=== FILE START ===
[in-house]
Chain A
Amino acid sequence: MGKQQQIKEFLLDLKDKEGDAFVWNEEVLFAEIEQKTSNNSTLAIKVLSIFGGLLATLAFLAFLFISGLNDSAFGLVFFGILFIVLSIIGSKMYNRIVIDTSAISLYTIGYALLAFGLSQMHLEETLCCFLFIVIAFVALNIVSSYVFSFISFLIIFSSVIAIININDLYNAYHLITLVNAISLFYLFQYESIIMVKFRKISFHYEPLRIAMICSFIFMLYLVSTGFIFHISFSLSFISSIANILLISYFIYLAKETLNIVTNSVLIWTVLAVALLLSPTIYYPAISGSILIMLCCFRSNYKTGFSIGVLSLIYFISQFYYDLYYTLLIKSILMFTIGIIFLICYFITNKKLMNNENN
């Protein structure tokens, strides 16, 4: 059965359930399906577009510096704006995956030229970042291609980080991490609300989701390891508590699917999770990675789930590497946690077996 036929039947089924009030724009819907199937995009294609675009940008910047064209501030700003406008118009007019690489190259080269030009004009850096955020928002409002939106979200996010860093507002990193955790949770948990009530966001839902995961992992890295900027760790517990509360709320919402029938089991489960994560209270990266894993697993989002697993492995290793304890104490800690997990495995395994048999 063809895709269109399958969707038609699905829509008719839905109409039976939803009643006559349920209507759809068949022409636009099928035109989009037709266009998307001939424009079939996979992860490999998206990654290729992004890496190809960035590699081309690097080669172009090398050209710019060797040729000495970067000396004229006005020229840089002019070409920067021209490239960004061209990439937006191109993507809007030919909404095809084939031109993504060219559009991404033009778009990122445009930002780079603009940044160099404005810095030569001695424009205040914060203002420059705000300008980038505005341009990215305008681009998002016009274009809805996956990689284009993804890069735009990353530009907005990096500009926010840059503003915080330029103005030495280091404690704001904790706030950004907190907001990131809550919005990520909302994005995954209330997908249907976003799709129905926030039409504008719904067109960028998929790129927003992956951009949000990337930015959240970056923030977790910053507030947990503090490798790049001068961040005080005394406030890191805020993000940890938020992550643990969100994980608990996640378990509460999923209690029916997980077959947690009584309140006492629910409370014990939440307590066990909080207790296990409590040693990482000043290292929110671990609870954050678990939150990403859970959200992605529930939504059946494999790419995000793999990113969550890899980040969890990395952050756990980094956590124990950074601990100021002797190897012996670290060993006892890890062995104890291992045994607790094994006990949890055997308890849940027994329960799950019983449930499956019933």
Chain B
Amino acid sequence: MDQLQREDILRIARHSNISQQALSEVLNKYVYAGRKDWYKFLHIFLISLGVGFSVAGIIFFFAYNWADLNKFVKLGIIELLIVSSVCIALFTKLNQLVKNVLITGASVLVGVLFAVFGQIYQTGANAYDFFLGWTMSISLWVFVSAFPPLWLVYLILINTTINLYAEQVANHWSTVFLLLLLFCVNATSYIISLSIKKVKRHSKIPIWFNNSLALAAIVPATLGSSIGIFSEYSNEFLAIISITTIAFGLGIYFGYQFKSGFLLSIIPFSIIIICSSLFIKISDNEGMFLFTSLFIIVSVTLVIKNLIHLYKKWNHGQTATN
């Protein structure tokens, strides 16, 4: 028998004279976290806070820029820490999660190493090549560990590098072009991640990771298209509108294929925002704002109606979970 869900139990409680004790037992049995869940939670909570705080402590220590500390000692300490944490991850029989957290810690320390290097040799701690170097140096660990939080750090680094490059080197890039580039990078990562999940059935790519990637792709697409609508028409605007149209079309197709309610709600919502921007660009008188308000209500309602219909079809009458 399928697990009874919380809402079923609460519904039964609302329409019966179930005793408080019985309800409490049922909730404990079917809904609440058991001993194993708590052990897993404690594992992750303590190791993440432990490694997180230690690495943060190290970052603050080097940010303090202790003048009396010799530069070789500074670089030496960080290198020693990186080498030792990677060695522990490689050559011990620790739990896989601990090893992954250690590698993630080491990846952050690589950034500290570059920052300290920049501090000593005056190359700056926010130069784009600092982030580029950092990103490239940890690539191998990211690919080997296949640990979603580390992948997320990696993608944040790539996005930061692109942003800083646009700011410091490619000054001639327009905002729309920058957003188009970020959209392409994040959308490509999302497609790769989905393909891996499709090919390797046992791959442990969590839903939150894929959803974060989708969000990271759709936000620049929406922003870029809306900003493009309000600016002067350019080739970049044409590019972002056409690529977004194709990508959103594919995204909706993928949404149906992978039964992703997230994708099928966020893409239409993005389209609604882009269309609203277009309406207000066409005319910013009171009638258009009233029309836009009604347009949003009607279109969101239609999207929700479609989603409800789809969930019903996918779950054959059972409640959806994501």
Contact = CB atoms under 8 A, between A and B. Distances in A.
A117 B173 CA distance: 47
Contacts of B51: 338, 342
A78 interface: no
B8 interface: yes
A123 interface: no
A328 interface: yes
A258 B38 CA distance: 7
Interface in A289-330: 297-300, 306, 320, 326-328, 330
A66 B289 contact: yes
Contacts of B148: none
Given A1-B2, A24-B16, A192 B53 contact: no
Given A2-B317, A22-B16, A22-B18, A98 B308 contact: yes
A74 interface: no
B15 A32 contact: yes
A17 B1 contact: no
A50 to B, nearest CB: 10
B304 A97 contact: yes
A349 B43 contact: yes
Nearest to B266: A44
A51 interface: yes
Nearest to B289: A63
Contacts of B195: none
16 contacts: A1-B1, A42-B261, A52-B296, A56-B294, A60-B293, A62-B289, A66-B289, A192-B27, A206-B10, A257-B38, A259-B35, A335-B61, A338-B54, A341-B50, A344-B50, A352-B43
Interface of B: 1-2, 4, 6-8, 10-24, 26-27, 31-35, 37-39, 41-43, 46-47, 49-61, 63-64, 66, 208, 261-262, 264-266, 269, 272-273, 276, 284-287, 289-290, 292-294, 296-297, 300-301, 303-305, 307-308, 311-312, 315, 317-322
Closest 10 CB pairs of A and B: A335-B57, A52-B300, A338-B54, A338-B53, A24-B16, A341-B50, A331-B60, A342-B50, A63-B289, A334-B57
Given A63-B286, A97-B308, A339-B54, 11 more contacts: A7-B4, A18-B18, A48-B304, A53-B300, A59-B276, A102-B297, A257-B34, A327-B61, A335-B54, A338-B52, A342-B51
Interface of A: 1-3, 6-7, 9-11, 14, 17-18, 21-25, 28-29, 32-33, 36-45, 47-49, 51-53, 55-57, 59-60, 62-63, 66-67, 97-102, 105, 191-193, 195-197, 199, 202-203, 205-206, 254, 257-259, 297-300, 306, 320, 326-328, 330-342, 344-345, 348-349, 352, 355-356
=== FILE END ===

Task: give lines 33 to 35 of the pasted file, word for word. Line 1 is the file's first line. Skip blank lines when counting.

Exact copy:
Closest 10 CB pairs of A and B: A335-B57, A52-B300, A338-B54, A338-B53, A24-B16, A341-B50, A331-B60, A342-B50, A63-B289, A334-B57
Given A63-B286, A97-B308, A339-B54, 11 more contacts: A7-B4, A18-B18, A48-B304, A53-B300, A59-B276, A102-B297, A257-B34, A327-B61, A335-B54, A338-B52, A342-B51
Interface of A: 1-3, 6-7, 9-11, 14, 17-18, 21-25, 28-29, 32-33, 36-45, 47-49, 51-53, 55-57, 59-60, 62-63, 66-67, 97-102, 105, 191-193, 195-197, 199, 202-203, 205-206, 254, 257-259, 297-300, 306, 320, 326-328, 330-342, 344-345, 348-349, 352, 355-356